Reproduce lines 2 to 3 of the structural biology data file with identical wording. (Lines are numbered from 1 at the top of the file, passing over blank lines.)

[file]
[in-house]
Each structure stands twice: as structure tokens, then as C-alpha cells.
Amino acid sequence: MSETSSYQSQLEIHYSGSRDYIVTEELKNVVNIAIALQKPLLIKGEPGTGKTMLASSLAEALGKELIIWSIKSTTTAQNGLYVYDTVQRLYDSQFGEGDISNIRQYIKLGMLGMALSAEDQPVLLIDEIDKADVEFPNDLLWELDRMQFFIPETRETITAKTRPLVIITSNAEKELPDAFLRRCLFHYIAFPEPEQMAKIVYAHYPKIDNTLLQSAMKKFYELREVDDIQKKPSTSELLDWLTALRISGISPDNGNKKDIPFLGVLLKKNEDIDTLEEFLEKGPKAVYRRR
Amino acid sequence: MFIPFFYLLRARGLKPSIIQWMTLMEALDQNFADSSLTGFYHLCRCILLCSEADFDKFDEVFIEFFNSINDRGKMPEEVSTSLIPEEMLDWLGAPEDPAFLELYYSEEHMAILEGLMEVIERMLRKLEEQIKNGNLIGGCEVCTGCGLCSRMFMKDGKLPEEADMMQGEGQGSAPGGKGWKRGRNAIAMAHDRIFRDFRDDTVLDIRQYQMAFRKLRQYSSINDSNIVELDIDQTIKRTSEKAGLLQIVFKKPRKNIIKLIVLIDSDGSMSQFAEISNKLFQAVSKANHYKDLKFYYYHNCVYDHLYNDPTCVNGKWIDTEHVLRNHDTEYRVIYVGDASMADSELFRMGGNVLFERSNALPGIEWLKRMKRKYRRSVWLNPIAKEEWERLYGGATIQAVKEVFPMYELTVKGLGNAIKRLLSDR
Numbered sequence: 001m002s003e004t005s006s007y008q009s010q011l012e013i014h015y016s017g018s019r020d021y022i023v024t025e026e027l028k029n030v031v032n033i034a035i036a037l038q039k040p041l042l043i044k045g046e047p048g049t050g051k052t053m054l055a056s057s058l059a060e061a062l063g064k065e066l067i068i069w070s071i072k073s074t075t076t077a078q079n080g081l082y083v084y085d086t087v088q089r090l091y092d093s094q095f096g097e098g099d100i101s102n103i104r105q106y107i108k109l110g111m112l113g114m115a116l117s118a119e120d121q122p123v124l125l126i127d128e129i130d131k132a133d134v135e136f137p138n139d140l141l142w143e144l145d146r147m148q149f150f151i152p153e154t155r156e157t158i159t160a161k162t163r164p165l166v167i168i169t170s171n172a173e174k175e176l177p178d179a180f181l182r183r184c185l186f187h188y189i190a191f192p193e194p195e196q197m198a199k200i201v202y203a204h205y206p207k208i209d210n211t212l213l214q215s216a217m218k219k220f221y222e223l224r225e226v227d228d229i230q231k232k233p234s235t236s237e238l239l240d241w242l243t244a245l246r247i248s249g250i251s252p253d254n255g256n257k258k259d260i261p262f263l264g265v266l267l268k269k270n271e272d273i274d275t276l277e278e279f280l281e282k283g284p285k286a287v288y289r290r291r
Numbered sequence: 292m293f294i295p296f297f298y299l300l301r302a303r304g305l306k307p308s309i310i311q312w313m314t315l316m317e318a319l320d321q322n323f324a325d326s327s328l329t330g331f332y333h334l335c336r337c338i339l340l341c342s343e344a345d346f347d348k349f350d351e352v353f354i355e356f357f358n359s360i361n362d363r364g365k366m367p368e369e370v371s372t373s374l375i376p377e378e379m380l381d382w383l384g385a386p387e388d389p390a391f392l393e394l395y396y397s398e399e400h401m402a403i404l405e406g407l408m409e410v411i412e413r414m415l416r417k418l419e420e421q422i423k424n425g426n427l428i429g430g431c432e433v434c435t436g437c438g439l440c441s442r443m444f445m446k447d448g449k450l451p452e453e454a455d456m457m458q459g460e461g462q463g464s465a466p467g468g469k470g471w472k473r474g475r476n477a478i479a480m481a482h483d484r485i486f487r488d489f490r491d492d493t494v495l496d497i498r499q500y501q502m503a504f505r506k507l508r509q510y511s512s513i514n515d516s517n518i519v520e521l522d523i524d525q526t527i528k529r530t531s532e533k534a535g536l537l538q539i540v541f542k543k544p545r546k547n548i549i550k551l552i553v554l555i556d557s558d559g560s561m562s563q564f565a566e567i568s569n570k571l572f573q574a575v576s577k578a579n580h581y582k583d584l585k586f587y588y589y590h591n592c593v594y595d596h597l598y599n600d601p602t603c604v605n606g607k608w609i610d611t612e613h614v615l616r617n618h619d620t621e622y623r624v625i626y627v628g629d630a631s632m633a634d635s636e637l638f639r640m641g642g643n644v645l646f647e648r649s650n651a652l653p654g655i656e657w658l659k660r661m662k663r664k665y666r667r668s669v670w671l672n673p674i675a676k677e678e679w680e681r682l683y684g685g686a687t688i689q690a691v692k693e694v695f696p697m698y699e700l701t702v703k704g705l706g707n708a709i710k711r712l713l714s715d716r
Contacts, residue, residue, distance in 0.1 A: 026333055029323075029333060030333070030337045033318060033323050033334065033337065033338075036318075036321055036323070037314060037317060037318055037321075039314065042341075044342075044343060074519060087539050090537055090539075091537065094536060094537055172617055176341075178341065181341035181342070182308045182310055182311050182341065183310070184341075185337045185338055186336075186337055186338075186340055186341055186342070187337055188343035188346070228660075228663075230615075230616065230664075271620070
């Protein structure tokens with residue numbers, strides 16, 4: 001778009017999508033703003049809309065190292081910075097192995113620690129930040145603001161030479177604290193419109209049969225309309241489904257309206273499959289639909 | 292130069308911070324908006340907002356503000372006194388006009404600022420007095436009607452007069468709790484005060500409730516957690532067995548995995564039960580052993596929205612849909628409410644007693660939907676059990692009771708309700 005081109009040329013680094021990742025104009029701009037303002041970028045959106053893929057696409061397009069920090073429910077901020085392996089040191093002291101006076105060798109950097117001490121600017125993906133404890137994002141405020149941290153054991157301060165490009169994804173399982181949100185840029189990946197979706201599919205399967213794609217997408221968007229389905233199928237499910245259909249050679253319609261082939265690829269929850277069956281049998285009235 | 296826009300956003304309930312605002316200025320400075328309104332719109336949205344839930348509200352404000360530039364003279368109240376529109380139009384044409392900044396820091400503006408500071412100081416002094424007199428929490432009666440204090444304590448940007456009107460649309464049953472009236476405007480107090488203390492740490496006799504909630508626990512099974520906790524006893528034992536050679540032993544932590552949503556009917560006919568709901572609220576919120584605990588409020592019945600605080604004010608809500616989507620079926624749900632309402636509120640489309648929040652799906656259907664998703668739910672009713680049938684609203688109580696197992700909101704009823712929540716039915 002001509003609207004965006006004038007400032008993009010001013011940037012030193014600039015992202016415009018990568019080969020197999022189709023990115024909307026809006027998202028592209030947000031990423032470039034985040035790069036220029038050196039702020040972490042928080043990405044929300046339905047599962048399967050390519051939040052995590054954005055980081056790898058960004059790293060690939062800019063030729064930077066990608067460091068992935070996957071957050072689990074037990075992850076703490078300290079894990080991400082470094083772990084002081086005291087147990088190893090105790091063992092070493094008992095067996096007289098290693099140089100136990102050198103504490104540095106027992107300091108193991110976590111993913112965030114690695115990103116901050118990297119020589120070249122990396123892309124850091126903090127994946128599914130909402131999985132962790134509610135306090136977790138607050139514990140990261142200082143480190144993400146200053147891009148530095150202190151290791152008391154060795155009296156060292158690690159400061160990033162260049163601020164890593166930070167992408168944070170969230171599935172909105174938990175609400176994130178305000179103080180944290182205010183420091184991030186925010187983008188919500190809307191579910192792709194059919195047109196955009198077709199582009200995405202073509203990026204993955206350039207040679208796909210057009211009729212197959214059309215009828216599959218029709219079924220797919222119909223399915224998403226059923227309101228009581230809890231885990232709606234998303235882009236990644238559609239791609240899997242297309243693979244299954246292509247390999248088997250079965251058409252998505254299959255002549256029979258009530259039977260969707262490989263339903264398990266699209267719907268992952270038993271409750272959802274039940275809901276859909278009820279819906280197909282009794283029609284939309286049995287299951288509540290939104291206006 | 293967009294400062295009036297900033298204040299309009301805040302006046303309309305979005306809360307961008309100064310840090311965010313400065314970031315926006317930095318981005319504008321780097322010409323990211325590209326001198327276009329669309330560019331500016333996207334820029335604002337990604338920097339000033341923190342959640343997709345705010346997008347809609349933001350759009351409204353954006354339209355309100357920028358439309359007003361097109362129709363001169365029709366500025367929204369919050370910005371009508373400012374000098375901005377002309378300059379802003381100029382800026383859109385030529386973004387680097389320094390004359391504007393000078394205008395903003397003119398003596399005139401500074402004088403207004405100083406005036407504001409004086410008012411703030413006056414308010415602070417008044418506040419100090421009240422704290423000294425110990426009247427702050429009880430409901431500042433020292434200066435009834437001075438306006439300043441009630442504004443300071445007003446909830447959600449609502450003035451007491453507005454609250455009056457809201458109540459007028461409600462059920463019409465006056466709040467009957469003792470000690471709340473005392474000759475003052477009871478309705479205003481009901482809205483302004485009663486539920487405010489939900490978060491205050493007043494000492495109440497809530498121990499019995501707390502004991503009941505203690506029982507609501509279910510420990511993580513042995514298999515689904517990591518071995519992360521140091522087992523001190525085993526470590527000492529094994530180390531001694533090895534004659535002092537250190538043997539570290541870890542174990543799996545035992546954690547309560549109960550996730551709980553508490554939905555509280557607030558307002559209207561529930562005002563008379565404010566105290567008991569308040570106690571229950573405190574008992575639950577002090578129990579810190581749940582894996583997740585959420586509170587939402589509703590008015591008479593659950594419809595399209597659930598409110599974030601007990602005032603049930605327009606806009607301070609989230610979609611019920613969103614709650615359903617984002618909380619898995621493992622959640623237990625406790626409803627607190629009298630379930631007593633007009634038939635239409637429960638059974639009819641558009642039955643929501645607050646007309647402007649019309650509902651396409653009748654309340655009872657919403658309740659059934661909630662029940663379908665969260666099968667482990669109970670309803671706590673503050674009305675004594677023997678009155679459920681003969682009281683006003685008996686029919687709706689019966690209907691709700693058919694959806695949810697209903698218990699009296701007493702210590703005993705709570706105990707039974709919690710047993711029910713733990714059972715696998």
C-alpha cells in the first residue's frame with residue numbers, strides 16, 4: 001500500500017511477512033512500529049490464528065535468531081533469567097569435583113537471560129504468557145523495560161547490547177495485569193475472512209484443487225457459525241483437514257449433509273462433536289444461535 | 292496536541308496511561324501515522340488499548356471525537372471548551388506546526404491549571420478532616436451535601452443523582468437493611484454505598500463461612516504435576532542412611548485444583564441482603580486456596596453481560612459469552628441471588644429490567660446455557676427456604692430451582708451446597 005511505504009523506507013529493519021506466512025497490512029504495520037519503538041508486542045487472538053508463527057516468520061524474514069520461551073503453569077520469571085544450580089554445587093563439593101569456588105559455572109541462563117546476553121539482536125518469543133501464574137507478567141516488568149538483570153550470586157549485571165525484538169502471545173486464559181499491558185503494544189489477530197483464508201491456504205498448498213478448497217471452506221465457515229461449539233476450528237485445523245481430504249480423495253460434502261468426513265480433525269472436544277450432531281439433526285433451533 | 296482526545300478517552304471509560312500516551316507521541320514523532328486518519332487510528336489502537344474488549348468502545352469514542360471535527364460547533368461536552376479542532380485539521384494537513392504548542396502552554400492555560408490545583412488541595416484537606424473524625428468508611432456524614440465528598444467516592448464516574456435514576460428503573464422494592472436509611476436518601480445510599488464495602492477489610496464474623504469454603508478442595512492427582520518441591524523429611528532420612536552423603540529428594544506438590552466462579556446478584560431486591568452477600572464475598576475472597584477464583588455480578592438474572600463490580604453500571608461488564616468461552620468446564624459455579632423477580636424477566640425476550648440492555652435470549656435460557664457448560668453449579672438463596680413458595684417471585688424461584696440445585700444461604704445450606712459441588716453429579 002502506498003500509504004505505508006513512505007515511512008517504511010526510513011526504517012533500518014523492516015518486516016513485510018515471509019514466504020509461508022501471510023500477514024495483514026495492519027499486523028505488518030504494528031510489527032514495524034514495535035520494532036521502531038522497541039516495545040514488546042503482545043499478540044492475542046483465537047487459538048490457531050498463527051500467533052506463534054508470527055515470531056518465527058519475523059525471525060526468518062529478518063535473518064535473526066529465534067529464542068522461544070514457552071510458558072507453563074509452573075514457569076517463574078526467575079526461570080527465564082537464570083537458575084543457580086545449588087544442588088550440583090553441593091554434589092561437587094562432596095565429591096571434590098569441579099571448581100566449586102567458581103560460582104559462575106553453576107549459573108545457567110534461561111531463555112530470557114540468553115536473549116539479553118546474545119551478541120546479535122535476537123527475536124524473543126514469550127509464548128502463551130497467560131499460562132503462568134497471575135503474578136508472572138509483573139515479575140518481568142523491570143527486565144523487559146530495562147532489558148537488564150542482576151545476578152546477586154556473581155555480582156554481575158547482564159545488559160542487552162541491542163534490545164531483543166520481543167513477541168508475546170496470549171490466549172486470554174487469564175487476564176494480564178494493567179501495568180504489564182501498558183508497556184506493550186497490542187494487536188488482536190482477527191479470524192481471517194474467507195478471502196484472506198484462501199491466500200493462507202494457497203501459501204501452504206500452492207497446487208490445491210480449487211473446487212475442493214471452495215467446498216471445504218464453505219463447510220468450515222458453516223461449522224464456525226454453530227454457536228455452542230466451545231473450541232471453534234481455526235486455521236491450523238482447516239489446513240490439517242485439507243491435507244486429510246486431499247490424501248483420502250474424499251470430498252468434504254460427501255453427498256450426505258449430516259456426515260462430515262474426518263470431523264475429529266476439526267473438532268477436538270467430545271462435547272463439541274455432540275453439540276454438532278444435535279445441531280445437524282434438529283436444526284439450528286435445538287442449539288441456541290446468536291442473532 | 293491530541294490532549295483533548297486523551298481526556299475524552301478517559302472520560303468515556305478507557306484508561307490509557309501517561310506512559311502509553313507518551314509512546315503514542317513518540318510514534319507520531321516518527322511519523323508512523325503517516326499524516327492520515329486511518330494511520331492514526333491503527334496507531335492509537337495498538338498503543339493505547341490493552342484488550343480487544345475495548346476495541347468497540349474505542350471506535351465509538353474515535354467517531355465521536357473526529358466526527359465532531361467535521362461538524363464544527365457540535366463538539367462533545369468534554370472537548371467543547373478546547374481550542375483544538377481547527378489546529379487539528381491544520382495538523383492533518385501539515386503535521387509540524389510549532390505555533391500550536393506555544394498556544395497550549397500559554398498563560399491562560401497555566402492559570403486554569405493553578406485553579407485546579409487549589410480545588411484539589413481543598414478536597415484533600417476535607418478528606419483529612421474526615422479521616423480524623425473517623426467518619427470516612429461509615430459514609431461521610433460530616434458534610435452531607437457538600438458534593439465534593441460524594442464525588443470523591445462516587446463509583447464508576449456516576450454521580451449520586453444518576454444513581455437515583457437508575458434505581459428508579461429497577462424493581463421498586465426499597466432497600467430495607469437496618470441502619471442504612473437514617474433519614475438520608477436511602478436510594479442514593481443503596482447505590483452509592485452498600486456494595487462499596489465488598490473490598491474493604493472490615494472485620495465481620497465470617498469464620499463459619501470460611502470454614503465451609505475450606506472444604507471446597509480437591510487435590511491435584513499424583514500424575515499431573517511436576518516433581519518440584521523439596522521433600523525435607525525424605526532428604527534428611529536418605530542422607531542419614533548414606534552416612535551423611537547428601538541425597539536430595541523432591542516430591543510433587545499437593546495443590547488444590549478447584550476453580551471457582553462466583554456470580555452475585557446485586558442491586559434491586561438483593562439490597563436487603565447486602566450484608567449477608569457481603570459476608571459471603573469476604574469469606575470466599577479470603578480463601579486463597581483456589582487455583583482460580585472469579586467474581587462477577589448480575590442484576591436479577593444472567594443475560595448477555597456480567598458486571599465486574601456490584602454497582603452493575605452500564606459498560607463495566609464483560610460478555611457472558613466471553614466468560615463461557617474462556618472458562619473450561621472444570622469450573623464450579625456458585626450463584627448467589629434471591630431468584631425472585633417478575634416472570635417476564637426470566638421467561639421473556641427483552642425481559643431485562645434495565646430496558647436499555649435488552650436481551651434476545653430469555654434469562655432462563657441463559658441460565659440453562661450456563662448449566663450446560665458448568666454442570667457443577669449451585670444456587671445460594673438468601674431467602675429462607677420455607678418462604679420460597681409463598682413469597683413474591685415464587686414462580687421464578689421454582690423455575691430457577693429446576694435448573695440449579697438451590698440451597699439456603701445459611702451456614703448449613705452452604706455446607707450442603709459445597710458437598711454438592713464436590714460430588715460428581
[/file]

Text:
Each structure stands twice: as structure tokens, then as C-alpha cells.
Amino acid sequence: MSETSSYQSQLEIHYSGSRDYIVTEELKNVVNIAIALQKPLLIKGEPGTGKTMLASSLAEALGKELIIWSIKSTTTAQNGLYVYDTVQRLYDSQFGEGDISNIRQYIKLGMLGMALSAEDQPVLLIDEIDKADVEFPNDLLWELDRMQFFIPETRETITAKTRPLVIITSNAEKELPDAFLRRCLFHYIAFPEPEQMAKIVYAHYPKIDNTLLQSAMKKFYELREVDDIQKKPSTSELLDWLTALRISGISPDNGNKKDIPFLGVLLKKNEDIDTLEEFLEKGPKAVYRRR